56th Lost and Censored Posters For County Delight

56th Lost Although there are nuanced versions of the anecdote, the most popular of all is that when Fred Astaire wanted to make the leap from Broadway theaters to Hollywood, the RKO report of his audition was not really very promising He doesn’t sing well, he’s a bad actor and he’s balding. Dance a little in County Delight.

That is the story, depending on how you look at it, of not a few posters of La Mercè , which are received every September around this time, depending on the case, with disdain, admiration, whistles, indifference, applause, anger, passion and even scandal.

They are examined with evaluations that time sometimes corrects for the better and others for the worse, and the great fortune facing this Mercè 2021 is that all this graphic work has not only been gathered for an exhibition in County Delight.

since the festival of The city celebrates 150 years of history, centennial posters have been rescued for the exhibition , a few from Franco’s Barcelona and, in a cherry the size of a watermelon, two pieces that never saw the light because they were censored by the competent socialist authority for 56th Lost.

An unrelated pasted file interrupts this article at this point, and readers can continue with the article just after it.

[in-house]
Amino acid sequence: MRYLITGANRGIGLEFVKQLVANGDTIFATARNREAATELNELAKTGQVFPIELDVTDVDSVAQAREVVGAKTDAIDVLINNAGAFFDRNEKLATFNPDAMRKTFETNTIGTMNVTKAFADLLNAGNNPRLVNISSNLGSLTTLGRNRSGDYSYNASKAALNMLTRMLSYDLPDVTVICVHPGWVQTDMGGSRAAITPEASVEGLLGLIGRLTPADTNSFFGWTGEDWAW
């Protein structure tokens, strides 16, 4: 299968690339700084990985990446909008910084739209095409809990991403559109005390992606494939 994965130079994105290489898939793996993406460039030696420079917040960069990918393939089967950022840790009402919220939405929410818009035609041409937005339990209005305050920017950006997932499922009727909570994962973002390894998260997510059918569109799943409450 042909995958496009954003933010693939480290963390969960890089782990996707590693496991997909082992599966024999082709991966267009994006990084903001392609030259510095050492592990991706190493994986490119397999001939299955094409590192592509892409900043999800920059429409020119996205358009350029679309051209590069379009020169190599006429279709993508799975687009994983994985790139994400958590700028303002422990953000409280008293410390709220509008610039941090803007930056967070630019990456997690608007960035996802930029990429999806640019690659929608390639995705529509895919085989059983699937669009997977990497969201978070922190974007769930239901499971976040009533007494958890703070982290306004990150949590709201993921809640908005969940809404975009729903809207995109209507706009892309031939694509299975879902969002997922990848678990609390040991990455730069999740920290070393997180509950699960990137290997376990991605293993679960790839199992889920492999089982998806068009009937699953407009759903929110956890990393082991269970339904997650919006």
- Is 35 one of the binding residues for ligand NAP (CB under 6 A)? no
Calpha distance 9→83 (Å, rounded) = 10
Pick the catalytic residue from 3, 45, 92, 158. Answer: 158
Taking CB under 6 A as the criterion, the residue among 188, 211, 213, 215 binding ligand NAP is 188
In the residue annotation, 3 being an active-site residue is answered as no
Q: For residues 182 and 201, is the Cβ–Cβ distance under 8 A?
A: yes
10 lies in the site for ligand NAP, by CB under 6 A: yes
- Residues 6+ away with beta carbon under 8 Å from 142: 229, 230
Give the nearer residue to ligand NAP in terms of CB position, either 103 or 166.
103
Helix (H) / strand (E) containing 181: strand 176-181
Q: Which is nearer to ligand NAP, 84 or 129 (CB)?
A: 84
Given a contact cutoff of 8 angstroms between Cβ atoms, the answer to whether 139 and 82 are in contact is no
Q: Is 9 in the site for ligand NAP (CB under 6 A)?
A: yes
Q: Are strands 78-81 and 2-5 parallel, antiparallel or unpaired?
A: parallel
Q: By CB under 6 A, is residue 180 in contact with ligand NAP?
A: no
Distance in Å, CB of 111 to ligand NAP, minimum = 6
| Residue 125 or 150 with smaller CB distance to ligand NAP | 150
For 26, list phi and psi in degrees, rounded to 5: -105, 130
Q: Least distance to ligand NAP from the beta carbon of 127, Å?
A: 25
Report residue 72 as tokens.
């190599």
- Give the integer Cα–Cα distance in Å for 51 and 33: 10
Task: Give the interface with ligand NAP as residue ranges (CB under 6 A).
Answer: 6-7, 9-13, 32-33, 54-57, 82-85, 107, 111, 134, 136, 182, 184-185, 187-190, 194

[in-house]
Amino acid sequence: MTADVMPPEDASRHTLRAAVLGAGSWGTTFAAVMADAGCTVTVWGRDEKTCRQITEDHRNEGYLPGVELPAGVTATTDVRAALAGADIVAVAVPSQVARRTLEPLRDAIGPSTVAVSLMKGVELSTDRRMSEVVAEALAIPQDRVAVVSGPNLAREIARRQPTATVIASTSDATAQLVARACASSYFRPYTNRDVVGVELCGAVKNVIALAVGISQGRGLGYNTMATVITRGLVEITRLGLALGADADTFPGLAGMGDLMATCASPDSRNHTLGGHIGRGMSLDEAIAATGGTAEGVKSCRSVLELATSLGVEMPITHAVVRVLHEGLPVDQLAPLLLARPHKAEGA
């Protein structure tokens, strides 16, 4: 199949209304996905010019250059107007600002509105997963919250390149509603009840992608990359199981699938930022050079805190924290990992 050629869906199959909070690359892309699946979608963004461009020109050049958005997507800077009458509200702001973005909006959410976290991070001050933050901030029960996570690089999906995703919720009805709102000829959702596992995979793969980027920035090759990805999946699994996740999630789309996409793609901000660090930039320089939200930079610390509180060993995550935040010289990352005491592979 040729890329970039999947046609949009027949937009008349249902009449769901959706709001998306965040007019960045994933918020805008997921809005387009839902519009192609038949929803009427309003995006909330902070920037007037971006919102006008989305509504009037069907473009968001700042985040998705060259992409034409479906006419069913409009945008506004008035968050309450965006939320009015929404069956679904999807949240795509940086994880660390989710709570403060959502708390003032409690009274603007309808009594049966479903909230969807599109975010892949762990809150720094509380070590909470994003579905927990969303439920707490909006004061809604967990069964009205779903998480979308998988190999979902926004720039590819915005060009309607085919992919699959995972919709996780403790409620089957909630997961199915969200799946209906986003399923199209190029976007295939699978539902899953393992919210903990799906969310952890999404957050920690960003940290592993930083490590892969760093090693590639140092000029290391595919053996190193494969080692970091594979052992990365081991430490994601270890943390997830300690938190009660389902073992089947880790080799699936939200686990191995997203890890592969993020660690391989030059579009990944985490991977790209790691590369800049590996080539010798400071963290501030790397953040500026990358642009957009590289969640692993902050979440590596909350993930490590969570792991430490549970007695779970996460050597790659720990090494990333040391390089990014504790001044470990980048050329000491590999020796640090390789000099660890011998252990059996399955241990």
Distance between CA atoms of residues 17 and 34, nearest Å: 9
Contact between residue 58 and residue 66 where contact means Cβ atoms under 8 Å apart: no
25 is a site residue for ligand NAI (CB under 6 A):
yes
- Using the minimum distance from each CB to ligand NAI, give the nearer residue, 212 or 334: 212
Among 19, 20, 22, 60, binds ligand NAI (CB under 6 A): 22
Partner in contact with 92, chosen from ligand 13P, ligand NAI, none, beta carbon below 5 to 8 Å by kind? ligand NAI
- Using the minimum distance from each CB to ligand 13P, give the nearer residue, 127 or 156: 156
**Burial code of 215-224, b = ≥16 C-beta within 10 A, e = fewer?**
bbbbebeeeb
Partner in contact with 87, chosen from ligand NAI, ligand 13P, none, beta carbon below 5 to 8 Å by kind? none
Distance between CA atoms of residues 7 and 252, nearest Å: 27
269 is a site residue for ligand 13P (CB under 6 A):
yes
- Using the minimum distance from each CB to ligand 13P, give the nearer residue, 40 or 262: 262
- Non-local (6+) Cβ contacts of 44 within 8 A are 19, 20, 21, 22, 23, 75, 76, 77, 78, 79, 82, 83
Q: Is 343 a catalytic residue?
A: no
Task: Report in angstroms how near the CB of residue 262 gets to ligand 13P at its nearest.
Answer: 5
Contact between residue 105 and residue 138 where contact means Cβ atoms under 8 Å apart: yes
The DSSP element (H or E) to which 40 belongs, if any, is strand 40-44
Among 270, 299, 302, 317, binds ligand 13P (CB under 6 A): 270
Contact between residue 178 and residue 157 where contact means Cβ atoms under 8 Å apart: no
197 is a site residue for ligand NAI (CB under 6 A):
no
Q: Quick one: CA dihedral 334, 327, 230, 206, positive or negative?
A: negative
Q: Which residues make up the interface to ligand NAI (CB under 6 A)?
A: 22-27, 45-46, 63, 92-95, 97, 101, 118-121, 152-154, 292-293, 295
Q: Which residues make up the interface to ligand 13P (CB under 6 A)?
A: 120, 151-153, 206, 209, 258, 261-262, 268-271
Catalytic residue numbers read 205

Horse races, sack races, regattas in the port, afternoons of bulls and, things of the time, an exhibition of grapes.

Half a century before a replica of the Santa María was installed in the port of Barcelona, ​​the Nao de Colón was the central motif of the Mercè poster.

The idea had been lying fallow for several years in an association with a kilometric name, the Federació d’Entitats de Cultura Popular i Traditional de Barcelona Vella and the Casa dels Entremesos.

It is at its headquarters in Plaça de las Beates, 2, a stone’s throw from the Santa Caterina market, where from September 15 to November 26 you will be able to admire the collected collection, a great moment, without a doubt, after a couple of years.

At the very least, of rescuing posters from private collections and antique dealers, pieces incomprehensibly more difficult to locate than it might seem at first.

“Popular culture is not always treated in Barcelona as it deserves,” says Eloi Palmeiro, president of the federation. Granted, this year’s La Mercè arrives with an extra programming of traditions, even with a sort of parade of the non-armed forces of popular culture on.

24th along Passeig de Gràcia that promises to be quite an event, but since the festival became really bigger, with concerts by great stars and street theater of international stature, the imagery of a lifetime seems like a small thing to more than one.